Four math faculty members each holding a social justice textbook in front of them
I’m thrilled with our mathematics faculty’s commitment to problem-based learning, because their approach will equip our students to make real civic contributions as a result of their Roosevelt education. Bonnie Gunzenhauser, PhD Dean, College of Arts and Sciences

(Math faculty authors, left to right: Melanie Pivarski, Steve Cohen, Wanwan Huang, Wilfredo Urbina-Romero)

Several members of the Roosevelt University mathematics faculty teamed to contribute to a new classroom resource – Mathematics for Social Justice: Resources for the College Classroom – recently published by the American Mathematical Society MAA Press (2019). Professors Steve Cohen, Wanwan Huang, Melanie Pivarski, and Wilfredo Urbina-Romero co-wrote three different modules. 

Prof. Steve Cohen and Prof. Melanie Pivarski wrote “Modeling the 2010 Gulf of Mexico Oil Spill.” This six-part module is employed in integral calculus courses and introduces students to how calculus can be used to describe the 2010 Deepwater Horizon oil rig explosion. There are a variety of sources of oil leaks in the oceans annually, and students are able to better describe the scope of the leak following the explosion. Students work together in groups to compute the amount of oil spilled and to use areas, volumes, sums, piece-wise functions, and differential equations to model the problem.

Prof. Wanwan Huang co-wrote “Modeling the 2008 Subprime Mortgage Crisis in the United States” with former Roosevelt Prof. Barbara Gonzalez. This seven-part module is used in financial mathematics courses. Affordable housing, home ownership, and predatory lending practices are covered. Students work in small groups to investigate the causes of the crisis by selecting a different subpopulation to study (racial group, socioeconomic group, etc.) and then using the financial mathematics knowledge learned in class to analyze the mortgages of their subgroup.

Prof. Wilfredo Urbina-Romero co-wrote “Using Calculus to Model Income Inequality” with Gonzalez. This six-part module is designed for second-semester calculus students. The social justice goal of the module is to study income inequality via the Gini coefficient (developed by statistician and sociologist Corrado Gini in 1912). Students work together in small groups to research the Gini coefficient and its applications to the study of income and wealth distribution of different populations.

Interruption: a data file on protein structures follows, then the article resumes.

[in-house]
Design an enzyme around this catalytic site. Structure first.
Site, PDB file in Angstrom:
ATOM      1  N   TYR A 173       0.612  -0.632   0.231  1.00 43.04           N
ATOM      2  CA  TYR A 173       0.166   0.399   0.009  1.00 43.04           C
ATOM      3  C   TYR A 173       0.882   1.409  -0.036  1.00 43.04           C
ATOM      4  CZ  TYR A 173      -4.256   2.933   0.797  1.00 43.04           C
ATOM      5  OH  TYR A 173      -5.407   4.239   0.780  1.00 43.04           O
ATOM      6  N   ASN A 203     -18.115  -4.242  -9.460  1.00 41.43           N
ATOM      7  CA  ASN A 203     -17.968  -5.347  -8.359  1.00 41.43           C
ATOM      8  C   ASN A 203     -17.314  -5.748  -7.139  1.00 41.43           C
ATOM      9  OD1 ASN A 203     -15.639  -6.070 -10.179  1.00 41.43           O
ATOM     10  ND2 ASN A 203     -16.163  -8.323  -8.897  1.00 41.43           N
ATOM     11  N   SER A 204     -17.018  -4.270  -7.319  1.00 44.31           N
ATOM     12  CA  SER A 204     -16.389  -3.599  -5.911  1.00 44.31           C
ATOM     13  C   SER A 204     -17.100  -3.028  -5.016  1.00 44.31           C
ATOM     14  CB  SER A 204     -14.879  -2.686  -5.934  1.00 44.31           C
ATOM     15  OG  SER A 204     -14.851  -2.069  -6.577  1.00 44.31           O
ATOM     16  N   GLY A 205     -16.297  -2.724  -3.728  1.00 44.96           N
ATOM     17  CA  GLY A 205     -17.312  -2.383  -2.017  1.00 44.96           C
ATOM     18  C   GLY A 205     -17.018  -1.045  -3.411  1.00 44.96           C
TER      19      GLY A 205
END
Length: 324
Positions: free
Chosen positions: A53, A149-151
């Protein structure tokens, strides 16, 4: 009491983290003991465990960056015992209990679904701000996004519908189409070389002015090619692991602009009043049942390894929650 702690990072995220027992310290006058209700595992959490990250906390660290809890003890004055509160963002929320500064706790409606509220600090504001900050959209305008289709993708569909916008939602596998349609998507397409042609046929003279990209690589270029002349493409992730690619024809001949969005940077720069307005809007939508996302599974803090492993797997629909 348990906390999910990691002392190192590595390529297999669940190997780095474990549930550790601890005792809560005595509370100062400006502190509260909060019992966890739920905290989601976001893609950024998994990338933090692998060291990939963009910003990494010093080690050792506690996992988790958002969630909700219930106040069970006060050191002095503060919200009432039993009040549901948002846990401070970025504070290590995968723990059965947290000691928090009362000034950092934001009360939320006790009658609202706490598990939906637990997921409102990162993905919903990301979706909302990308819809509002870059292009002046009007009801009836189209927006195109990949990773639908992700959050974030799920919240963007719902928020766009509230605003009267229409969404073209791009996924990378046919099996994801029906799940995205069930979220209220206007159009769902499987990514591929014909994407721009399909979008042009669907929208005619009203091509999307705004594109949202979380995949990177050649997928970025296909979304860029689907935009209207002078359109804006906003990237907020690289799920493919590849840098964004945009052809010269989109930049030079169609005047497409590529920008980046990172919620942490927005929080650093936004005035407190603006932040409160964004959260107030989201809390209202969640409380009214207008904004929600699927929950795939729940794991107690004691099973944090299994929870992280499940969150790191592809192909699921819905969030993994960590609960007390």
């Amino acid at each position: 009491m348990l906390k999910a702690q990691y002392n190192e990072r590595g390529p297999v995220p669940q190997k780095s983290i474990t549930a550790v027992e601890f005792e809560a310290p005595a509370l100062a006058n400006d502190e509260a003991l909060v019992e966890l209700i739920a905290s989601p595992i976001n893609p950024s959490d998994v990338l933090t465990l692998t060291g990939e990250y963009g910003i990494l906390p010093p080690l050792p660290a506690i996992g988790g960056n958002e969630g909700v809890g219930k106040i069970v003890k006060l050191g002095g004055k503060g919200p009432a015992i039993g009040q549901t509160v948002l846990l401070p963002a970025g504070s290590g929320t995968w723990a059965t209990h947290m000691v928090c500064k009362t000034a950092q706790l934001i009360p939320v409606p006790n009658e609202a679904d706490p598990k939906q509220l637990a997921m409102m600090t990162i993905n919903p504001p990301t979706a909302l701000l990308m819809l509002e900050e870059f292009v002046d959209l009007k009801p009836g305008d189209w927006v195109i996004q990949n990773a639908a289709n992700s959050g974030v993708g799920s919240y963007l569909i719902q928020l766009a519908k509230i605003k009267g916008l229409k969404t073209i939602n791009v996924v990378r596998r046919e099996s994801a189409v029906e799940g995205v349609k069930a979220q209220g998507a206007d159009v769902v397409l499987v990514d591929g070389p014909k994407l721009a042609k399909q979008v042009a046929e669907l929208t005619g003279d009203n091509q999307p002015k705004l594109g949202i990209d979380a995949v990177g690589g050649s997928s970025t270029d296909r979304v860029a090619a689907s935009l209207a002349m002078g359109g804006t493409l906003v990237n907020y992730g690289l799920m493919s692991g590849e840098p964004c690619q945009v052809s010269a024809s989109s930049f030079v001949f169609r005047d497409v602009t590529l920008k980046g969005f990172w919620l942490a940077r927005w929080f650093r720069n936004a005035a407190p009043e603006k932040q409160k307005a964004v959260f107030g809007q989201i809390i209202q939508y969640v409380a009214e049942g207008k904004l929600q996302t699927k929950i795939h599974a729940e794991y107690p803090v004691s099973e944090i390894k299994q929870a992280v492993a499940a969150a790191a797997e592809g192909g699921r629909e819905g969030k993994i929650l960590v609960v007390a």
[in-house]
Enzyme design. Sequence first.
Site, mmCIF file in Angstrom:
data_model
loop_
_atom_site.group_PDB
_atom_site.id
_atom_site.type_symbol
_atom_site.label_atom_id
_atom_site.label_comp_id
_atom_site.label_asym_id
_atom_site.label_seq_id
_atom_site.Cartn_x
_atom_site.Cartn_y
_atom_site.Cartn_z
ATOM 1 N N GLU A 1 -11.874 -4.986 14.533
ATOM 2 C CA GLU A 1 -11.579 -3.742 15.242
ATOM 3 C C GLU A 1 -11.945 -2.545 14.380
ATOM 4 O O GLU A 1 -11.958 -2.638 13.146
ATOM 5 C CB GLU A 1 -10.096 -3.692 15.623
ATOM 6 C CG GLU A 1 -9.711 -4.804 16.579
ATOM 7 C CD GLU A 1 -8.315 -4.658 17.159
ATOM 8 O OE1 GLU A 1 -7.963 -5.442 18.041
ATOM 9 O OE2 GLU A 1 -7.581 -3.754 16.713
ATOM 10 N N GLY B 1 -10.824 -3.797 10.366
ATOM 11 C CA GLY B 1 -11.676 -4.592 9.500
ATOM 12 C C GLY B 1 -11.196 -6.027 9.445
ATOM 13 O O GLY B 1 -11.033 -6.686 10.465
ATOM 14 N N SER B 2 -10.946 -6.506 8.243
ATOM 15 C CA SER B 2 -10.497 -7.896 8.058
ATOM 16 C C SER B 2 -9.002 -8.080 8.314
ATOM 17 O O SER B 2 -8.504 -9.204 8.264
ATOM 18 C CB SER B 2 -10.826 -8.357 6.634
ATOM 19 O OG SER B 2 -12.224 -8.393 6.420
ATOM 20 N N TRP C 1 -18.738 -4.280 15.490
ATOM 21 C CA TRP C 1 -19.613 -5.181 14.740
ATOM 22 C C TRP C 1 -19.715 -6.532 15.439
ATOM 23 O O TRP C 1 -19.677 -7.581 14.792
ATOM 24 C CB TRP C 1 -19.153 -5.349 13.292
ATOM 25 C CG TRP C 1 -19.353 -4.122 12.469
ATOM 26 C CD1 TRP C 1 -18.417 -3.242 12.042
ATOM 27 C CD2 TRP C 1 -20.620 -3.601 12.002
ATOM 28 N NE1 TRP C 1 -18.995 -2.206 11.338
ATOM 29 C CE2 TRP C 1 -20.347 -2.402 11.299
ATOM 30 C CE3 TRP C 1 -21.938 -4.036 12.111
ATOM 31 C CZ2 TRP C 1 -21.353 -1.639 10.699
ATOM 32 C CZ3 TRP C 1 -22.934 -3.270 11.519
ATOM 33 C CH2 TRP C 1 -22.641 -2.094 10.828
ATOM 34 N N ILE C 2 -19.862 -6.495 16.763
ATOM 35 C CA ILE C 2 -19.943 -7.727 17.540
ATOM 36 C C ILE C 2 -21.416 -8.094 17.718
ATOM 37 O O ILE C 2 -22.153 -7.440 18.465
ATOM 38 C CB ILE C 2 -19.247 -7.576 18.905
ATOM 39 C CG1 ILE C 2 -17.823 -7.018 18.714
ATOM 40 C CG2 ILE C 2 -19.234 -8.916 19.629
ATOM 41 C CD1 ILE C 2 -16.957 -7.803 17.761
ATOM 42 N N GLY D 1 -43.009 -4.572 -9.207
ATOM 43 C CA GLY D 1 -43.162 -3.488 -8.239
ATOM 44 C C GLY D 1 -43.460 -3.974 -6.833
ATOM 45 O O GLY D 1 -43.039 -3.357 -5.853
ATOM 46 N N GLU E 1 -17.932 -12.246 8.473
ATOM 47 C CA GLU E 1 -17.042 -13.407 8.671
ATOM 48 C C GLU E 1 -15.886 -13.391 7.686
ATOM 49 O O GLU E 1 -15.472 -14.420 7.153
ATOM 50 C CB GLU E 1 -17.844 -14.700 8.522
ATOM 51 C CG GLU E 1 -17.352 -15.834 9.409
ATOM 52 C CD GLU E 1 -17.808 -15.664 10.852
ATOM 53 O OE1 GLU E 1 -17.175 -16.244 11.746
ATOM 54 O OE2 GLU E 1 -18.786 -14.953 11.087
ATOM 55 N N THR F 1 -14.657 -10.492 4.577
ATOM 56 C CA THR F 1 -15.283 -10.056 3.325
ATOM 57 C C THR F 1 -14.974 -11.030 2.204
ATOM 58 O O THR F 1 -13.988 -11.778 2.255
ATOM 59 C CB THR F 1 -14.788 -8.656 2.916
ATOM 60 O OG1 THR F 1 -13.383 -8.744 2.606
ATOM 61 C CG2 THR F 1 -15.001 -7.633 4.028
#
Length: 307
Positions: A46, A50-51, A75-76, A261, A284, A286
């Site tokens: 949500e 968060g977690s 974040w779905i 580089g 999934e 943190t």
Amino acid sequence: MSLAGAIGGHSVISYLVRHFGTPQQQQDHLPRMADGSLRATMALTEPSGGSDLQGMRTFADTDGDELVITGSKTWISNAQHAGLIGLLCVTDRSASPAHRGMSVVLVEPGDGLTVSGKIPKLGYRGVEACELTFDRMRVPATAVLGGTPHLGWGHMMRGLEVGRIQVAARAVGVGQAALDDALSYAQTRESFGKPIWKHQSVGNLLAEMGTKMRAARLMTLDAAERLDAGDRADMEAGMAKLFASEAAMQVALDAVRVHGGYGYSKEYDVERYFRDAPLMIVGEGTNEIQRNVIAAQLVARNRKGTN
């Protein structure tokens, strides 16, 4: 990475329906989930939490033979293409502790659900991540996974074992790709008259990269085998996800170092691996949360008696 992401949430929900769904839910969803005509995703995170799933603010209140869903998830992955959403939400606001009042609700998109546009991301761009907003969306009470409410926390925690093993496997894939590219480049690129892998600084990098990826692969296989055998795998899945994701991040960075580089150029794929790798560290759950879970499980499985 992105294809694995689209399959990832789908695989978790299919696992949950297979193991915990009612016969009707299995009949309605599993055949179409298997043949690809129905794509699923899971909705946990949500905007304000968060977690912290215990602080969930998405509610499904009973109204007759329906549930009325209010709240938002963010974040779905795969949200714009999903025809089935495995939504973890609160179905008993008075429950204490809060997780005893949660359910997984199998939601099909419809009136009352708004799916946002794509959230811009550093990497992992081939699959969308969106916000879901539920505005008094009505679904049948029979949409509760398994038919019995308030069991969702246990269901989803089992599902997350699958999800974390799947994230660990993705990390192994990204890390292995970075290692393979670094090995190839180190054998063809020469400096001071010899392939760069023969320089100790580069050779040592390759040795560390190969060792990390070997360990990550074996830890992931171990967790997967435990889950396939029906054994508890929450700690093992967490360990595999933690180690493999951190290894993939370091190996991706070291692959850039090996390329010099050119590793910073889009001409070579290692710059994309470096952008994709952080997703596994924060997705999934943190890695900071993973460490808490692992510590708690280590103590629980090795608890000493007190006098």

Melanie Pivarski, associate professor of mathematics and chair of the Department of Mathematics, Economics and Actuarial Science, stated “this book is a resource for colleges and universities nationwide to apply mathematics to understand social justice issues. Three of the fourteen modules in the book were developed by our own faculty and have been used in our classrooms here at Roosevelt.”

Roosevelt is proud to be a part of the national movement led by the Mathematical Association of America and the American Mathematical Society to include social justice materials in college and university mathematics teaching. This new text also connects well to Roosevelt’s work with SENCER (Science Education for New Civic Engagements and Responsibilities), a national project focused on empowering faculty and improving STEM teaching and learning by making connections to civic issues.

“Through this invaluable work, our mathematics faculty are connecting our students not only to key trends in math education, but to the larger national conversation about how to use academic disciplines and the tools they offer to solve “grand challenges” – the thorny social problems that require deep thinking from across the disciplines to develop effective and sustainable solutions,” says Bonnie Gunzenhauser, dean of the College of Arts and Sciences. “I’m thrilled with our faculty’s commitment to problem-based learning, because their approach will equip our students to make real civic contributions as a result of their Roosevelt education.”

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